Oil prices have climbed higher following a fall in US inventory and stronger demand, with growth largely restricted due to high supplies from OPEC countries.
Brent crude futures gained 13 cents to reach $52.85 a barrel, while the US West Texas Intermediate (WTI) crude futures traded at $50.32 after climbing 15 cents, reported Reuters.
Oil benchmarks received support from the falling US commercial crude oil stocks that fell by nearly 10% from late-March level to 483.4 million barrels.
Later, the American Petroleum Institute (API) is scheduled to publish its latest inventory data.
French bank BNP Paribas was quoted by the news agency as saying: "US gasoline demand climbed to last year's highs and US inventories, notably on the East Coast, declined."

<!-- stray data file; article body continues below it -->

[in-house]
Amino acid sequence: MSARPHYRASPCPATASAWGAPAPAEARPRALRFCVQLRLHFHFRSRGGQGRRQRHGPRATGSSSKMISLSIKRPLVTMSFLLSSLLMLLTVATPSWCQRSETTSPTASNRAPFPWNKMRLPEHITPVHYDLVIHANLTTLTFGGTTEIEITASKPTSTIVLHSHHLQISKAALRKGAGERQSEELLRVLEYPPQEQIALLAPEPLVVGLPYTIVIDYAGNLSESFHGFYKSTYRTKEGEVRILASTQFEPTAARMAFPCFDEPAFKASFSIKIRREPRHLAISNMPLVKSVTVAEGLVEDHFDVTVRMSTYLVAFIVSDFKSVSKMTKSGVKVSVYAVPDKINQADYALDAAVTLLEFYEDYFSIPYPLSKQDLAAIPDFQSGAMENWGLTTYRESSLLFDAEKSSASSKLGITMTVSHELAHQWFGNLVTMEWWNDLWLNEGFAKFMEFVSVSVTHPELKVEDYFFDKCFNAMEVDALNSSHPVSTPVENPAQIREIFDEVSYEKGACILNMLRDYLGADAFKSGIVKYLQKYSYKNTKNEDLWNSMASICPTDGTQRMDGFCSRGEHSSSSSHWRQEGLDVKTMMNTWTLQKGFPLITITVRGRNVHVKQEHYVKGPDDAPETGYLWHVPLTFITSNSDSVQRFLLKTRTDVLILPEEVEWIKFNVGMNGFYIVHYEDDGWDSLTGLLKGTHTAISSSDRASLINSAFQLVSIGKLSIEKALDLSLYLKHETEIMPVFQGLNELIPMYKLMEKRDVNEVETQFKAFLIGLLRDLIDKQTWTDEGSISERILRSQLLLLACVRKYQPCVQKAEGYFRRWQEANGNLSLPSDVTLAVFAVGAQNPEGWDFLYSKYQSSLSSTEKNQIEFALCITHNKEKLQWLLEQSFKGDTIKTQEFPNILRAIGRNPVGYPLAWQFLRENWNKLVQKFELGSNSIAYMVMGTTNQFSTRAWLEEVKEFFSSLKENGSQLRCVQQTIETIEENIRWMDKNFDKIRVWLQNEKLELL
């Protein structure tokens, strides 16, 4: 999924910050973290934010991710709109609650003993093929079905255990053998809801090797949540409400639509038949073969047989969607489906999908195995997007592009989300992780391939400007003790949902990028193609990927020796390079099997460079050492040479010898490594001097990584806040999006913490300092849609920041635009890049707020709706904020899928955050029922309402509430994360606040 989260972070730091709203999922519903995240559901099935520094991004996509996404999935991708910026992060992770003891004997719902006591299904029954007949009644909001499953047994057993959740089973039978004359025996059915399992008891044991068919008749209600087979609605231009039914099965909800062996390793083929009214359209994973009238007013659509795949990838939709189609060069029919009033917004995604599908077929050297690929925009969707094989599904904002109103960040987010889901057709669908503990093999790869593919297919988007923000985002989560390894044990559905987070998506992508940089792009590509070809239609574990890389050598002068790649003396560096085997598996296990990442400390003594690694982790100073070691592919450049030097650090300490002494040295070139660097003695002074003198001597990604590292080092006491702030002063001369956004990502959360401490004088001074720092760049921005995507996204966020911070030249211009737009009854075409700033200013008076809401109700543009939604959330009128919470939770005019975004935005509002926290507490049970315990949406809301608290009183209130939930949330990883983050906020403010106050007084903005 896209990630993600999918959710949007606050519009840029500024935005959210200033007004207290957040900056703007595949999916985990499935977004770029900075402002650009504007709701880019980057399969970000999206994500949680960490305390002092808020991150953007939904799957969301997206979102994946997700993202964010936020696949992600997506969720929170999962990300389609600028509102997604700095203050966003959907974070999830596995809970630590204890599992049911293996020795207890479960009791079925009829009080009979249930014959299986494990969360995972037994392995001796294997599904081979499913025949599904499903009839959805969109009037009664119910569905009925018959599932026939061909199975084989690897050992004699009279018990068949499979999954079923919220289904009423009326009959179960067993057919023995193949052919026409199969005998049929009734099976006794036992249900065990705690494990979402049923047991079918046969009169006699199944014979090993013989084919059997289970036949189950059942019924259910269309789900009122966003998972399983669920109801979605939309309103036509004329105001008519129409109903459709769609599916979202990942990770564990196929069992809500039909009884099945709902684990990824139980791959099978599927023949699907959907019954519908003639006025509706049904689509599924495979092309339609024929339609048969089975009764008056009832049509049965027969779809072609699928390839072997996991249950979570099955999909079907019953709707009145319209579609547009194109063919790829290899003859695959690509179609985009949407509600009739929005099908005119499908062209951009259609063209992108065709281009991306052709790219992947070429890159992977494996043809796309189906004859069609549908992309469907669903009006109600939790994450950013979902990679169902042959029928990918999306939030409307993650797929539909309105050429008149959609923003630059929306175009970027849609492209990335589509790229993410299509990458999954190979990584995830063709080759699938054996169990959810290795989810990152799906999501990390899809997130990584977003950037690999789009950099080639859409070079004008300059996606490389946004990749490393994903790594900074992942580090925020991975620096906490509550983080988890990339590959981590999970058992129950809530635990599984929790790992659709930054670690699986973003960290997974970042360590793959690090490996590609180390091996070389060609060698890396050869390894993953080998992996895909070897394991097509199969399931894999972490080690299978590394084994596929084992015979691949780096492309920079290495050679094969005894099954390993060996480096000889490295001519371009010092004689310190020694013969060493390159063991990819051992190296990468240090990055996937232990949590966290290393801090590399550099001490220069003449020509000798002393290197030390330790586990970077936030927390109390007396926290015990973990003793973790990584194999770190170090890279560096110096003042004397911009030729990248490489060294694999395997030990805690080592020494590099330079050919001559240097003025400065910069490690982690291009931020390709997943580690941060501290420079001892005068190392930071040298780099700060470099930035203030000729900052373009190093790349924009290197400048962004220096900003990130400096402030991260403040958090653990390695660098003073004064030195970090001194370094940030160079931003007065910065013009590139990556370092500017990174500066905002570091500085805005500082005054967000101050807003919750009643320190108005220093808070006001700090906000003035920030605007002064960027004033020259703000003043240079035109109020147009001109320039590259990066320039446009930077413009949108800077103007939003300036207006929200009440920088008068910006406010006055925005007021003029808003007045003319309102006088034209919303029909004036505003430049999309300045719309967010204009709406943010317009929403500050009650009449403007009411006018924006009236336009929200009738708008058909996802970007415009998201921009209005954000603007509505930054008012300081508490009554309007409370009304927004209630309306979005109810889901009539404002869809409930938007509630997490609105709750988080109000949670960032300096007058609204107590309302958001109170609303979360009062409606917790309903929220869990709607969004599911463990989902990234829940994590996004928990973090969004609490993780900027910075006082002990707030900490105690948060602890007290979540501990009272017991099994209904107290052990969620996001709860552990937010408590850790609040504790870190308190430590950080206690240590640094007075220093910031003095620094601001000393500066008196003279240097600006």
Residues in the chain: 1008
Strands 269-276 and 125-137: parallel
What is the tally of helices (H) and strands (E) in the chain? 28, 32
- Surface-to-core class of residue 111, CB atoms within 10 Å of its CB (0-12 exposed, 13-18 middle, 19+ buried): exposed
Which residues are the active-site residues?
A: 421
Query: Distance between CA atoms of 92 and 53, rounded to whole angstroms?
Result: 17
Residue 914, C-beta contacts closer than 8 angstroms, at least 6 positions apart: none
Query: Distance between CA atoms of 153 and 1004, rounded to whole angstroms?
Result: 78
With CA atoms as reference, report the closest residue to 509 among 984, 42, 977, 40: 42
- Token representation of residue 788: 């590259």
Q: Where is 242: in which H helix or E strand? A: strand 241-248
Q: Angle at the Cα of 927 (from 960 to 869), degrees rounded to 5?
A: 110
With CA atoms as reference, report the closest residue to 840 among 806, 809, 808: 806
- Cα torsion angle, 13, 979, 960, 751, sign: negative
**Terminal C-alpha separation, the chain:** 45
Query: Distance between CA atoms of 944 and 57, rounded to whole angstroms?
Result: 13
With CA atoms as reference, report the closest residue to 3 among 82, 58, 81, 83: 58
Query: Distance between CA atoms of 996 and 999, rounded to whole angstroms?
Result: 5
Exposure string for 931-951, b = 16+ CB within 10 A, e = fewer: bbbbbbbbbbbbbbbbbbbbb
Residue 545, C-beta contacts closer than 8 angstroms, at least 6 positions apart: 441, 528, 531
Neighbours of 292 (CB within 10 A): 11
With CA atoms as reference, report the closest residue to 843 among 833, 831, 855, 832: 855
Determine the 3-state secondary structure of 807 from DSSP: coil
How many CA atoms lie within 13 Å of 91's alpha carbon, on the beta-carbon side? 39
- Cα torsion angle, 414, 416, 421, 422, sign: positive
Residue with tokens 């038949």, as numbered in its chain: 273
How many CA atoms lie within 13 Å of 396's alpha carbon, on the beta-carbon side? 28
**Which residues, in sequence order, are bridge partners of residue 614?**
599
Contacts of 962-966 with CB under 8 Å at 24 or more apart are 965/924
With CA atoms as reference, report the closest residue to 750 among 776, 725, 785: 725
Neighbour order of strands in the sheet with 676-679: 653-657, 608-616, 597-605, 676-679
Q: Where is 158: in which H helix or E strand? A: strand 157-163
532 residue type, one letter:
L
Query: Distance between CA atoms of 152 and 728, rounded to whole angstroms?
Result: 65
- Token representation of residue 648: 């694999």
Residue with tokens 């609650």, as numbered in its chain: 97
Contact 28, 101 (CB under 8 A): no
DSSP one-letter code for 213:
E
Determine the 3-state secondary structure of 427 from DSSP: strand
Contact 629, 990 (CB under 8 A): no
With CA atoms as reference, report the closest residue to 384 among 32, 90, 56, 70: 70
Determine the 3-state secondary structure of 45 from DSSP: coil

However, global oil markets remained adequately supplied to prevent prices from improving further.
A survey conducted by Reuters found that oil production by the OPEC countries has increased in last month by 90,000bpd to 33 million bpd.
The growth in oil supply was primarily due to the improvement in production at Libya, an OPEC member exempted from the oil-curb deal.
OPEC members with other oil producing nations agreed to reduce output by 1.8 million bpd, later extending the deal to March 2018.